Department of Archaeology

Flixborough Anglo-Saxon Settlement project (UK)

8th-century silver-gilt copper alloy mount, with interlace decoration and eye settings of red glass (Unstratified).

Post-excavation analysis, publication and digital archives

Project Director: Chris Loveluck, 1995-2000
Publication Series Editor: Chris Loveluck
Project Base: Humber Archaeology Partnership/Humber Field Archaeology
Funded principally by English Heritage

Between 1989 and 1991, excavations adjacent to the former settlement of North Conesby, in the parish of Flixborough, North Lincolnshire, unearthed remains of an Anglo-Saxon settlement associated with one of the largest collections of artefacts and animal bones yet found on such a site. Analysis has demonstrated that the excavated part of the settlement was occupied, or used for settlement-related activity, throughout what have been termed the ‘Mid’ and ‘Late’ Anglo-Saxon periods. In an unprecedented occupation sequence from an Anglo-Saxon rural settlement, six main periods of superimposed occupation have been identified, dating from the seventh to the early eleventh century; with a further period of activity, between the twelfth and fifteenth centuries AD.

The settlement was situated 8km south of the Humber estuary, overlooking the floodplain of the River Trent, and was sited on a series of windblown, sand spurs at the western extremity of the Lincoln Edge escarpment. The remains of approximately forty buildings and other structures were uncovered; and due to the survival of large refuse deposits huge quantities of artefacts and faunal remains were encountered, compared with most other rural settlements of the period. Together, the different forms of evidence and their depositional circumstances provide an unprecedented picture of nearly all aspects of daily life on a settlement, which probably housed elements of the contemporary social elite amongst its inhabitants, between the seventh and eleventh centuries. Furthermore, and perhaps even more importantly, the detailed analysis of the remains has also provided indications of how the character of occupation changed radically throughout the later first millennium AD, at the time when the kingdom of England emerged.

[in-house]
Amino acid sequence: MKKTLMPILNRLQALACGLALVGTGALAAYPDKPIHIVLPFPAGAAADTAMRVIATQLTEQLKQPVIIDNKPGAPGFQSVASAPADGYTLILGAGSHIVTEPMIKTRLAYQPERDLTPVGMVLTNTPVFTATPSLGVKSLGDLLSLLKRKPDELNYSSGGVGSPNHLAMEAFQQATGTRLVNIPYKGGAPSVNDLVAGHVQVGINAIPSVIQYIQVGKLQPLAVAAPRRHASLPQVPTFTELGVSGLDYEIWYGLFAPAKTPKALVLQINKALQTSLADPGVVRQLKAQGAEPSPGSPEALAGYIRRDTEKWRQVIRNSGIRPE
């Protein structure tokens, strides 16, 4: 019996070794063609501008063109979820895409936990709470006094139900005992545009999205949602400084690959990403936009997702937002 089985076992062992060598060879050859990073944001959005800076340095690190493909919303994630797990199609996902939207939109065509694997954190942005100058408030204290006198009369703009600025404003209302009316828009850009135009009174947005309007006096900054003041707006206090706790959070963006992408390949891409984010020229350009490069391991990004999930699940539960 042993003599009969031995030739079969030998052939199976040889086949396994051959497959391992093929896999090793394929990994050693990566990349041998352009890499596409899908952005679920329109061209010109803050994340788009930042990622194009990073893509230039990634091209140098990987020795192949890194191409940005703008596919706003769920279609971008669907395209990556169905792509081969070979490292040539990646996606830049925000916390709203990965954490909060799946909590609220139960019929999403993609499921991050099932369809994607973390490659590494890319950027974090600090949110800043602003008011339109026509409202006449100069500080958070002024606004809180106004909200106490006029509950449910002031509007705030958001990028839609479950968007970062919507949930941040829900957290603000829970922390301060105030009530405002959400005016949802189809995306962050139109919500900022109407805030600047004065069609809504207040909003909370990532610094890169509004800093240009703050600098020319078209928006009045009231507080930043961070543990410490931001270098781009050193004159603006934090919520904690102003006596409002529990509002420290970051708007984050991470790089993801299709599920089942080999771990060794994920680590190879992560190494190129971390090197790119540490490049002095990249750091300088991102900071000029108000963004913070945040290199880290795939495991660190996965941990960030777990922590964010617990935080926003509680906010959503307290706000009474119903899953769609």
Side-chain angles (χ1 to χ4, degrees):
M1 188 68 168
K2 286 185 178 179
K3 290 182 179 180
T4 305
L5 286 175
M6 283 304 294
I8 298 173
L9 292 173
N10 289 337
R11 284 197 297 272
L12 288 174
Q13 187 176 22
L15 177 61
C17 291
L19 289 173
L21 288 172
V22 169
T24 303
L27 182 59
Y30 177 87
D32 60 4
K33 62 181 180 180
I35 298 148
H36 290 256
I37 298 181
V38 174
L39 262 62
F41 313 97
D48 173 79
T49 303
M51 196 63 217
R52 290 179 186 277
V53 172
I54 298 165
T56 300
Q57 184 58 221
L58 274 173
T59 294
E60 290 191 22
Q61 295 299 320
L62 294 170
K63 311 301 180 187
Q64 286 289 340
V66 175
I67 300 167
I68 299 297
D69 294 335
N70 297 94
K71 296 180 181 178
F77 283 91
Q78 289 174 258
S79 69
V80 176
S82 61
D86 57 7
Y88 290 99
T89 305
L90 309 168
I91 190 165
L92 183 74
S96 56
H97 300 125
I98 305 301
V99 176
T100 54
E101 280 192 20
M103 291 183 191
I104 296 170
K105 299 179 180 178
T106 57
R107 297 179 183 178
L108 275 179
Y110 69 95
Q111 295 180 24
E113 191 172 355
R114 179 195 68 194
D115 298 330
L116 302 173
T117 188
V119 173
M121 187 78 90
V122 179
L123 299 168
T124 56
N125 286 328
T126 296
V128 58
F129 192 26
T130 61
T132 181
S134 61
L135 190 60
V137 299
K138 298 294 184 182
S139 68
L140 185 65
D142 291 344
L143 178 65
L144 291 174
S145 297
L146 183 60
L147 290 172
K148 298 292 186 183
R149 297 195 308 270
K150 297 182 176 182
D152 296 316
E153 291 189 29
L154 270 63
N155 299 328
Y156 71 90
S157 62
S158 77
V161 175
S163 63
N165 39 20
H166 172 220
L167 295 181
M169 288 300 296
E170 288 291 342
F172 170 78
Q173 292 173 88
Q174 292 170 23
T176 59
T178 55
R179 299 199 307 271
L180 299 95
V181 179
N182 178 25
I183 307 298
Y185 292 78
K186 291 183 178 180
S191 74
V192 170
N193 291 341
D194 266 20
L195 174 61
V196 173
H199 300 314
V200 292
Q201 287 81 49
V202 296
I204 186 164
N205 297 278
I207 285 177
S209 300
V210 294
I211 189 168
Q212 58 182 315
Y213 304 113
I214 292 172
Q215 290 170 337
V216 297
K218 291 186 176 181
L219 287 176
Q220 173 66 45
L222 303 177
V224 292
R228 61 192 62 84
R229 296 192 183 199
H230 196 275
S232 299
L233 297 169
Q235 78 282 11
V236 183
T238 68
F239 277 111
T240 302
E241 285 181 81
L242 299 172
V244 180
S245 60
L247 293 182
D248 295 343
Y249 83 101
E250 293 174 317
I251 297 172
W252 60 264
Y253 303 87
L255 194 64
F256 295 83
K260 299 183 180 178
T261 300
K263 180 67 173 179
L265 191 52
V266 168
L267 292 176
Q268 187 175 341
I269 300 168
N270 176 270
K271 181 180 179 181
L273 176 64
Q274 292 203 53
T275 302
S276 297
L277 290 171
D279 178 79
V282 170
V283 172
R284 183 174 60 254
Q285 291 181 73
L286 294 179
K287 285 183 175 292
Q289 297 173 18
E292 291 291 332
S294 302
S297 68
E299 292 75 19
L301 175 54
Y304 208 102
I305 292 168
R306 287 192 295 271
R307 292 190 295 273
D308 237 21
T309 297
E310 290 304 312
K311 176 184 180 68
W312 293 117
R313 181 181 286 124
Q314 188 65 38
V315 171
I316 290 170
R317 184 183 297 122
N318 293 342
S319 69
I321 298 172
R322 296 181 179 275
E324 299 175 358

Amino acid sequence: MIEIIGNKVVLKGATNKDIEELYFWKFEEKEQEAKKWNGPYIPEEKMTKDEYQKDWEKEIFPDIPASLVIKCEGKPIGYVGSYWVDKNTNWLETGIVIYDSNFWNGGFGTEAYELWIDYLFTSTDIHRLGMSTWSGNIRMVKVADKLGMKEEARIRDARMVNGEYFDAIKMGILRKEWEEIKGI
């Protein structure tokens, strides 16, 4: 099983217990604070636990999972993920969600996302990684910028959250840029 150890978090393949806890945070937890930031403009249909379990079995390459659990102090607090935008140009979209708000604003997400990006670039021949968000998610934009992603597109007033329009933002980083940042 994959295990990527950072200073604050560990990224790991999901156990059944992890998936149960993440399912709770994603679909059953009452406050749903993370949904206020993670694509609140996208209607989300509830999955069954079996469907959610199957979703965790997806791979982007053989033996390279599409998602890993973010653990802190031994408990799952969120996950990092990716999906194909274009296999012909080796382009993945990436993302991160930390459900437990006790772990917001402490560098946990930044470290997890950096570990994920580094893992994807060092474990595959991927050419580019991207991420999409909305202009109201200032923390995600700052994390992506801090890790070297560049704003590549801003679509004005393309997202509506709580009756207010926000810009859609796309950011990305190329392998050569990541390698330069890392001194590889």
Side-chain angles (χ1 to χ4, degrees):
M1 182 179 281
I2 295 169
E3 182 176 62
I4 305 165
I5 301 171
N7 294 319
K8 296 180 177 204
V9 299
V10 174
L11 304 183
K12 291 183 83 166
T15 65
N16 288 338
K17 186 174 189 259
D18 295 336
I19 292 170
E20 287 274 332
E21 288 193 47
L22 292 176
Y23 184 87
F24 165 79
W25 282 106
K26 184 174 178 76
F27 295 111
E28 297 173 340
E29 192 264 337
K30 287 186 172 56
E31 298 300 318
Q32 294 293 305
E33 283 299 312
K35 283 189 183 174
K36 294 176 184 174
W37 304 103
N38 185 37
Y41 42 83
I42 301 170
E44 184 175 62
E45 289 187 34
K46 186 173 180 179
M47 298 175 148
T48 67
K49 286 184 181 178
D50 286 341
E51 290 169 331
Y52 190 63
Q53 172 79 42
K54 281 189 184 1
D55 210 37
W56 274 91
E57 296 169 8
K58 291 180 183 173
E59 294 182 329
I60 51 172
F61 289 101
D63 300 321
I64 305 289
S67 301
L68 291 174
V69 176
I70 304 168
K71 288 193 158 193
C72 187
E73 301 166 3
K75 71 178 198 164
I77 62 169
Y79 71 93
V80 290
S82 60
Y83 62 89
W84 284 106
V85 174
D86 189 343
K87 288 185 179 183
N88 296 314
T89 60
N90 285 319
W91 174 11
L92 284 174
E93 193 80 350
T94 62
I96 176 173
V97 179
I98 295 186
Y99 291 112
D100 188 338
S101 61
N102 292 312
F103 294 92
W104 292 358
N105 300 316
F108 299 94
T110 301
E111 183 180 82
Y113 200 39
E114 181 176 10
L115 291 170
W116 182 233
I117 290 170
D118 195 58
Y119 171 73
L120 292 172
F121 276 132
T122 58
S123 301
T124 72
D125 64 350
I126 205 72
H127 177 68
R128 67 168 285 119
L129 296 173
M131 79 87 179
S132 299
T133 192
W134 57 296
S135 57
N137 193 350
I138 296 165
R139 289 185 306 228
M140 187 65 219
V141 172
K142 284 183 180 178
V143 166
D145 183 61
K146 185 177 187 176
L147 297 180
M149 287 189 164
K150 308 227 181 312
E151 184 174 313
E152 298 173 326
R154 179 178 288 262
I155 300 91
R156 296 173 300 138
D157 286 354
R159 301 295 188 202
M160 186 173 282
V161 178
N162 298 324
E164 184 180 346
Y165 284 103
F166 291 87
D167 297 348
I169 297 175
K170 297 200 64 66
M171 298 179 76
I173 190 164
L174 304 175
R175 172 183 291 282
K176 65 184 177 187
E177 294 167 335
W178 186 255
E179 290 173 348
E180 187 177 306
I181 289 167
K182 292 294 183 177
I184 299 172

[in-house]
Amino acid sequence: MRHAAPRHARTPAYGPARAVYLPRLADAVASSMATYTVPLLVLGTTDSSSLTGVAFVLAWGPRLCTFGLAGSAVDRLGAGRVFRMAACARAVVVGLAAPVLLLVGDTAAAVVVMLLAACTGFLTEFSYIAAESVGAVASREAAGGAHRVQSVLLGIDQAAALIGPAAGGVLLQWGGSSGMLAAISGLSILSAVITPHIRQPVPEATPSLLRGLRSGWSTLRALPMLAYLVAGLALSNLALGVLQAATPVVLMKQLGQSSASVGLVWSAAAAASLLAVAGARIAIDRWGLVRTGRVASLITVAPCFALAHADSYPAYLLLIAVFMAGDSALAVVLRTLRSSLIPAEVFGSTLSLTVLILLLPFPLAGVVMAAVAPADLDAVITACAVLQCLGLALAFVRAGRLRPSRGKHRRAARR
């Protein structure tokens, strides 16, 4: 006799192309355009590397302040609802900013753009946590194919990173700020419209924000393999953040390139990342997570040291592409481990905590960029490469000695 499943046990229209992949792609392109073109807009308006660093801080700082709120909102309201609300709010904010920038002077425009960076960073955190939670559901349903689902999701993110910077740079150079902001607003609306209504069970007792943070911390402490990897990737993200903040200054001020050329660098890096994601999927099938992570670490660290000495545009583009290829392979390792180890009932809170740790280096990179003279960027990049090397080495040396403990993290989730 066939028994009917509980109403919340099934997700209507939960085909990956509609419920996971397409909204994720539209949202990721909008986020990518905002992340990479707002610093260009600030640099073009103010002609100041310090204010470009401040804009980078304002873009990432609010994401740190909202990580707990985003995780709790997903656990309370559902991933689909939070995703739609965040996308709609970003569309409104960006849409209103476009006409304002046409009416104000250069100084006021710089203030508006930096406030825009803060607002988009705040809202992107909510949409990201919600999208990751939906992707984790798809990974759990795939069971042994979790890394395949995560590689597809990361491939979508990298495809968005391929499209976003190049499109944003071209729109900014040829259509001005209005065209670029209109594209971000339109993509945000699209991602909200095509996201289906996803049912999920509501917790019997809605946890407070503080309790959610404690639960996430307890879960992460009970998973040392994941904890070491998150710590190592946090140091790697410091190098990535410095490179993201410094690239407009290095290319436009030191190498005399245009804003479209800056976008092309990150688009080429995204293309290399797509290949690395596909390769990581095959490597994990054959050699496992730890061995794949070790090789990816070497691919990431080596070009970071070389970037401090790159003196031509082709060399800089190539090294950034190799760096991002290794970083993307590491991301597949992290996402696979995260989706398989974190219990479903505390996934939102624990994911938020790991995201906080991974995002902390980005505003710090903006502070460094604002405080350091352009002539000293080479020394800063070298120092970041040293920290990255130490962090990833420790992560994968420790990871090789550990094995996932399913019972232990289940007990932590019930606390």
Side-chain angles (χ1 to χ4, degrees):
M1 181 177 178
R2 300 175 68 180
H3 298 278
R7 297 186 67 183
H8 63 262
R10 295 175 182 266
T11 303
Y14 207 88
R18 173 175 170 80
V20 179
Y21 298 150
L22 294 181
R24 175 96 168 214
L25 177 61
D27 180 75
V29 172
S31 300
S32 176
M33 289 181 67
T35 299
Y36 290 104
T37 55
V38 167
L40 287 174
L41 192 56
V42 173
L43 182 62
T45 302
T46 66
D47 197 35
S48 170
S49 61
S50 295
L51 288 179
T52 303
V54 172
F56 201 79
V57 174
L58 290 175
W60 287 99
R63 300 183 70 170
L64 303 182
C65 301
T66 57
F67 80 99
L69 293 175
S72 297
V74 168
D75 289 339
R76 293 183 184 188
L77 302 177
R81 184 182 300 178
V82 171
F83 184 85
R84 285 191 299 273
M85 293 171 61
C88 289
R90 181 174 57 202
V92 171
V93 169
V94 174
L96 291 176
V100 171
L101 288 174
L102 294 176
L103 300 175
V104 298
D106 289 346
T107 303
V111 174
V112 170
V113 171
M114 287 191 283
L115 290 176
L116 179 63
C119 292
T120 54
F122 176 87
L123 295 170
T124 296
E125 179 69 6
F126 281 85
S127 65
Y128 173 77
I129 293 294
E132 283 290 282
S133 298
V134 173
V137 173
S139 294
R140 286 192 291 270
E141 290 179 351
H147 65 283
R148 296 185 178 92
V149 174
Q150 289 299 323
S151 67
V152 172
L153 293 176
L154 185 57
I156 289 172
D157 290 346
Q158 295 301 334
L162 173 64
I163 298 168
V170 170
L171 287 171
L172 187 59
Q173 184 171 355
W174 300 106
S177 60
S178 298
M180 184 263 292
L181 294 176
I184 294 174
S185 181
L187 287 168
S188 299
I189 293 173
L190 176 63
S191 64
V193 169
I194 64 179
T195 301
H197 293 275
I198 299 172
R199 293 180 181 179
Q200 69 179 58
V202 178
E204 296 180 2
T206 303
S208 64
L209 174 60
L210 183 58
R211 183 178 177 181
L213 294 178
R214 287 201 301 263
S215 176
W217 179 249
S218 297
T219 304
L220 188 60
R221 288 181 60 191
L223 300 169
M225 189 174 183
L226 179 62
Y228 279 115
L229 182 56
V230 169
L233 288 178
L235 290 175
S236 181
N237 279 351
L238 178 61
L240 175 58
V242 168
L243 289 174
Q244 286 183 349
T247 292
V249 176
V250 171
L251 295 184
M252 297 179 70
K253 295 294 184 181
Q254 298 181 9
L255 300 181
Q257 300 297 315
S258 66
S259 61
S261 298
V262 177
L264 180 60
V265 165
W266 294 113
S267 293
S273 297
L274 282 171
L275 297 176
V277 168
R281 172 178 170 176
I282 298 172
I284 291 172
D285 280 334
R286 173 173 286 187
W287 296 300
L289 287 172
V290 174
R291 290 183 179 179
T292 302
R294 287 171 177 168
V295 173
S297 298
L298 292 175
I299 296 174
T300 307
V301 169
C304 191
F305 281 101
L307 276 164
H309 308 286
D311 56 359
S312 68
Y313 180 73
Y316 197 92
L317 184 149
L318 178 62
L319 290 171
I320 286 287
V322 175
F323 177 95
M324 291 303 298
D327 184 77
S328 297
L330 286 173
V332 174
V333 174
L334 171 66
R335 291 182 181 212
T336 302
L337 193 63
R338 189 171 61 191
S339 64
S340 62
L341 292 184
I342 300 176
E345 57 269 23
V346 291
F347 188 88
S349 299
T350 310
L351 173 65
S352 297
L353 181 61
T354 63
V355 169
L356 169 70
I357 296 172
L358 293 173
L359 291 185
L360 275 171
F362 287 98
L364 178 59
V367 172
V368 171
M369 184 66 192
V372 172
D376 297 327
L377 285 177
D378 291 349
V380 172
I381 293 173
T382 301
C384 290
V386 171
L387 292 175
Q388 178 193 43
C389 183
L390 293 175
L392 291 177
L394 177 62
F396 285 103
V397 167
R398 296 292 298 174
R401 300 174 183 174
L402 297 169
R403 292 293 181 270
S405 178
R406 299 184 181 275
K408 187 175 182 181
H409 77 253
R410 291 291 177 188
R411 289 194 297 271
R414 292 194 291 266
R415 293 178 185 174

The analysis and interpretation of the remains was undertaken between 1997 and 2007, published in four volumes between 2007 and 2009, and a major digital publication of the archives from the research is currently being compiled for the Archaeological Data Service (ADS), funded by English Heritage. This digital publication will be the final element of the current work on the settlement, enabling researchers to continue gaining benefit from the discoveries and to reassess the remains in the future


Recent Publications

Loveluck, C.P. and Evans, D., 2010: ‘Anglo-Saxon Flixborough, daily life and dynamic change. AD 650-1000’, British Archaeology, December 2010.

Loveluck, C.P. and Evans, D.H., eds., 2009: Life and Economy at early medieval Flixborough, c. AD 600-1000: The Artefact evidence. Excavations at Flixborough Volume 2, Series ed. C.P. Loveluck, Oxford: Oxbow.

Loveluck, C.P., 2007: Rural Settlement, Lifestyles and Social change in the later first millennium AD. Anglo-Saxon Flixborough in its wider context. Excavations at Flixborough, Volume 4, Series ed. C.P. Loveluck, Oxford: Oxbow.

Loveluck, C.P. and Atkinson, D., 2007: The Early Medieval Settlement Remains from Flixborough, Lincolnshire: The Occupation Sequence, c. AD 600-1000. Excavations at Flixborough, Volume 1, Series ed. C.P. Loveluck, Oxford: Oxbow.

Dobney, K., Jaques, D., Barrett, J. and Johnstone, C., 2007: Farmers, Monks and Aristocrats. The Environmental Archaeology of an Anglo-Saxon Estate Centre at Flixborough, North Lincolnshire, England. Excavations at Flixborough, Volume 3, Series Editor: C.P. Loveluck, Oxford: Oxbow.



Department of Archaeology

University of Nottingham
University Park
Nottingham, NG7 2RD

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